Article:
Carmen McArthur’s story demonstrates the risk of blood clots associated with birth control pills. Although the prescribing physician mentioned the risk, this patient did not think that she would be affected. She chose the therapeutic benefit of the pills to treat heavy menstrual bleeding over what she perceived as minimal clotting risk. Unfortunately, the risk outweighed the benefit in her case, and she developed pulmonary emboli.
My two boys and I spent one Saturday at the San Francisco Giants’ ball park for FanFest in early 2009. After walking and standing for a good part of the day, I was not surprised to wake up the next day with sore legs. I figured the pain would subside in a day or two. After a week, the pain went away in my left calf but persisted in my right one.
After 2-3 weeks, the pain had intensified and radiated to my right foot, and that foot and calf became noticeably swollen, and walking became increasingly more difficult. It got to the point where I looked for my son’s old crutches in the garage and began to use them. I was alternating between naproxen and ibuprofen for the pain, which did not relieve the pain to any significant degree.
I finally decided to see my doctor, who ordered an ultrasound of my legs. After ultrasound revealed no clots in either leg, I was referred to a podiatrist and to physical therapy. The podiatrist diagnosed me as having a shin splint and tendonitis.
I continued physical therapy through the next few months, and noted great improvement in my right calf and foot. Just when I thought I was on the road to recovery, I awoke one morning with the most horrific pain and swelling behind my left knee. When there was no improvement within the next few days, I drove to an urgent care facility 30 miles away, because I could not bear to suffer through the upcoming weekend in that kind of pain.
After taking my blood pressure and pulse, the medical assistant asked why my pulse rate (135) was so high. I had no idea why my pulse was so rapid, because I was so distracted by the pain and swelling in my left leg. The urgent care doctor saw me and told me to go to the ER, because I may have a blood clot.
At that time, the magnitude of the situation didn’t really hit me, and all I could think of was that I now had to drive 30 miles back home. Plus, my younger son was with me, and I didn’t want to frighten him. I drove to the ER and was eventually seen. An ultrasound of my leg once again revealed no clot, although my blood tests revealed D-dimer levels of over 2500. A normal range is 0-300. A CT scan confirmed I had pulmonary emboli (PE) in both lungs. I was admitted to the hospital and given Lovenox shots and Coumadin® pills. The gravity of my condition didn’t become real until I woke up in the ICU with a nurse at my bedside. I don’t recall doctors explaining the seriousness of pulmonary emboli, or the fact that they can be life-threatening.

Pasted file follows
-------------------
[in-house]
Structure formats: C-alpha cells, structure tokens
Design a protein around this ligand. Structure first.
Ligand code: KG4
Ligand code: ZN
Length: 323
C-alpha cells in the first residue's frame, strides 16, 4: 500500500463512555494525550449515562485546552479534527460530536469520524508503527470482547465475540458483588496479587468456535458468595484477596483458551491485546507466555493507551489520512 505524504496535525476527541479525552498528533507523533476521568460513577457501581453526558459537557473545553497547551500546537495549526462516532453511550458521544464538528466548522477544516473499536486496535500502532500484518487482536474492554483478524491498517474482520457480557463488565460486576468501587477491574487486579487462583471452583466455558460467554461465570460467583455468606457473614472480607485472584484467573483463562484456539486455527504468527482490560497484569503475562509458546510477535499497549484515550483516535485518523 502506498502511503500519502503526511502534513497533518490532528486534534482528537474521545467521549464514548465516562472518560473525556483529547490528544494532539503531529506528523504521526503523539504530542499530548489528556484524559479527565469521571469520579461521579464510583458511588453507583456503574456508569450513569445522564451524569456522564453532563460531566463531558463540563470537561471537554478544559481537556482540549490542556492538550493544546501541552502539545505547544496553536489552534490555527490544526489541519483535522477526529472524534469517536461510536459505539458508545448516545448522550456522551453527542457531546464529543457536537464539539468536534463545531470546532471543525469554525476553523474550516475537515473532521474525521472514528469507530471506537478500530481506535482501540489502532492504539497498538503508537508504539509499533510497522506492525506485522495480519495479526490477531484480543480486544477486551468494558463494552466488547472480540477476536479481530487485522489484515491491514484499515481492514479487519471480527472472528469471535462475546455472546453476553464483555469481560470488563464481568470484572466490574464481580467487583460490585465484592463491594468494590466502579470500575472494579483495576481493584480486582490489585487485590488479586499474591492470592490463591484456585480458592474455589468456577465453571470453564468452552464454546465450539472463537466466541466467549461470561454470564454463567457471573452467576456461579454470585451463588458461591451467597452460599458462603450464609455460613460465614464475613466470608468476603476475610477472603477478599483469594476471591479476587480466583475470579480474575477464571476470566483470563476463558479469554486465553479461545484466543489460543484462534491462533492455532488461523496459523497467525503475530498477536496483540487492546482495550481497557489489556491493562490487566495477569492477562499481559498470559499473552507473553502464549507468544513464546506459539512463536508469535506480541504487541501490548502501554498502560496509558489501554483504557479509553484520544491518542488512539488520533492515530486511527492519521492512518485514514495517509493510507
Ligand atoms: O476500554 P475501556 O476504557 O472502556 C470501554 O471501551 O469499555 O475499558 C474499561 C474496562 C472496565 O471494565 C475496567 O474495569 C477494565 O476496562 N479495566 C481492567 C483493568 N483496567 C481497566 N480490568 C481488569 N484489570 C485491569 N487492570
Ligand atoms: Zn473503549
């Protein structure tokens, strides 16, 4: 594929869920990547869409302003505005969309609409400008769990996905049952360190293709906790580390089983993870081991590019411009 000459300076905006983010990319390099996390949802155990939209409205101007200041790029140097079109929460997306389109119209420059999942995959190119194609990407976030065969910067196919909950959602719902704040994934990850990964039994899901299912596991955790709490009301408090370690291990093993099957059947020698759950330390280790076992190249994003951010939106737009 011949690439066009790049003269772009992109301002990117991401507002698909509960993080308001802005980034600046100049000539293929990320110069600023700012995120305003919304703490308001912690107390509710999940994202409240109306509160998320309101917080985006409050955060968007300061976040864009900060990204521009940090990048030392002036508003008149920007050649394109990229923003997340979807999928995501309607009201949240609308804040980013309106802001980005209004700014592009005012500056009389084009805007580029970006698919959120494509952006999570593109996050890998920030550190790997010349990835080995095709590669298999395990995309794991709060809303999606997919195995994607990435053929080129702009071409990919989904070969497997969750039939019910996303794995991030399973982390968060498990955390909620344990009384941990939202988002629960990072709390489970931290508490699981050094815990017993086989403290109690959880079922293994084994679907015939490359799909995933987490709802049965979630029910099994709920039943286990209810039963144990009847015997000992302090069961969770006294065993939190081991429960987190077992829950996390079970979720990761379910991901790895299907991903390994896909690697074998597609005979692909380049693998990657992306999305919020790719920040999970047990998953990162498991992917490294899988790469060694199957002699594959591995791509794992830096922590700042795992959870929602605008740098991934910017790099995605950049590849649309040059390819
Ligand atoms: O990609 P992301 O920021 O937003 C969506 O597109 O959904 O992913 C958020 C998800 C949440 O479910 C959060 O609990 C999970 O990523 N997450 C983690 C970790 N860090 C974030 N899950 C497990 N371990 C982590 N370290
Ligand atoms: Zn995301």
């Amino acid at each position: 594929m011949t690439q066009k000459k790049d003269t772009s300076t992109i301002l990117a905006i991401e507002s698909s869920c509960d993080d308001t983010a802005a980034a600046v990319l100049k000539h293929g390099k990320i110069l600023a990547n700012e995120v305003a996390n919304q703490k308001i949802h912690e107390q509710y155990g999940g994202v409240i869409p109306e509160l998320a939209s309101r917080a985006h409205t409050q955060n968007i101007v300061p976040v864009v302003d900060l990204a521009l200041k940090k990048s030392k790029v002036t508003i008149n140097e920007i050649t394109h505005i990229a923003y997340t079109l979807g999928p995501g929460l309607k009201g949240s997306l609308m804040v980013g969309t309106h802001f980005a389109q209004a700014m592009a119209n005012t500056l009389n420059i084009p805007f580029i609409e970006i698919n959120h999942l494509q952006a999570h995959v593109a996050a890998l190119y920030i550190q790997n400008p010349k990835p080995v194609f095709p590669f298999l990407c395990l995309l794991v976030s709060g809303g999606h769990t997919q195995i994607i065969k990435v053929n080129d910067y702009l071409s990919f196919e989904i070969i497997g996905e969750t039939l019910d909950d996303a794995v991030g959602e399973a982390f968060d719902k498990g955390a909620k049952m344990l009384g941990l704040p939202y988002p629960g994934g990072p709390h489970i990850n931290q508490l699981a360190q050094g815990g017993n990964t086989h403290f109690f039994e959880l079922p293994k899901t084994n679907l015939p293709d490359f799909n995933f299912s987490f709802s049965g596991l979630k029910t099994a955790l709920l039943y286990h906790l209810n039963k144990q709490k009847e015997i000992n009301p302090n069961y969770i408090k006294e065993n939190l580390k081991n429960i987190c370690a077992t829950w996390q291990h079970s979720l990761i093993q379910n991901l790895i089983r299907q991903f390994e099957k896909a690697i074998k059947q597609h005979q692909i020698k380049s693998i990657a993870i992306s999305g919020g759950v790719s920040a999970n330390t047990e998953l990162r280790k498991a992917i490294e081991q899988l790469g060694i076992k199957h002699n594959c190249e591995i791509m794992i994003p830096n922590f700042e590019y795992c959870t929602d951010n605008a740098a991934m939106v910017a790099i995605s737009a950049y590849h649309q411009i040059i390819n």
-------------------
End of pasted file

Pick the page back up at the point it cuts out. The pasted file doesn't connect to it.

As I look back on all that happened, I realize now that there were signs that something was not quite right. Whenever I walked up a flight of stairs, I would become really winded, and my heart would beat really fast. I attributed it to the fact that I was out of shape, or because I was lugging my heavy laptop when I was at work. My solution was to buy a laptop case on wheels and use the elevator. At other times, such as when I went for a walk with my sons, they would sometimes ask why I was breathing so hard and joke that I was getting old at forty-five! Also, there were times during exercise when I’d have to stop after about 15 minutes because I was so out of breath. I noticed sharp pains in my left lung area and assumed it was indigestion or heartburn. One important lesson I have now learned is to that I should heed any warning signs in my body, especially when things don’t seem quite right. I would give this advice to everyone.
I was relieved to find out that genetic testing showed that I do not have a clotting disorder, and that this PE episode was attributed to birth control pills that I had begun taking the year before to control the heavy bleeding during my monthly cycle. The doctor who prescribed the birth control pills did mention the risk of blood clots, but I didn’t think it would happen to me. Needless to say I have stopped taking birth control pills, and suggest that women heed the risk of blood clots associated with them.
I’m happy to report that after six months of Coumadin treatment my doctor has told me I can stop taking it. It is through the grace of God that I am still here today to tell my story, and I hope it helps others.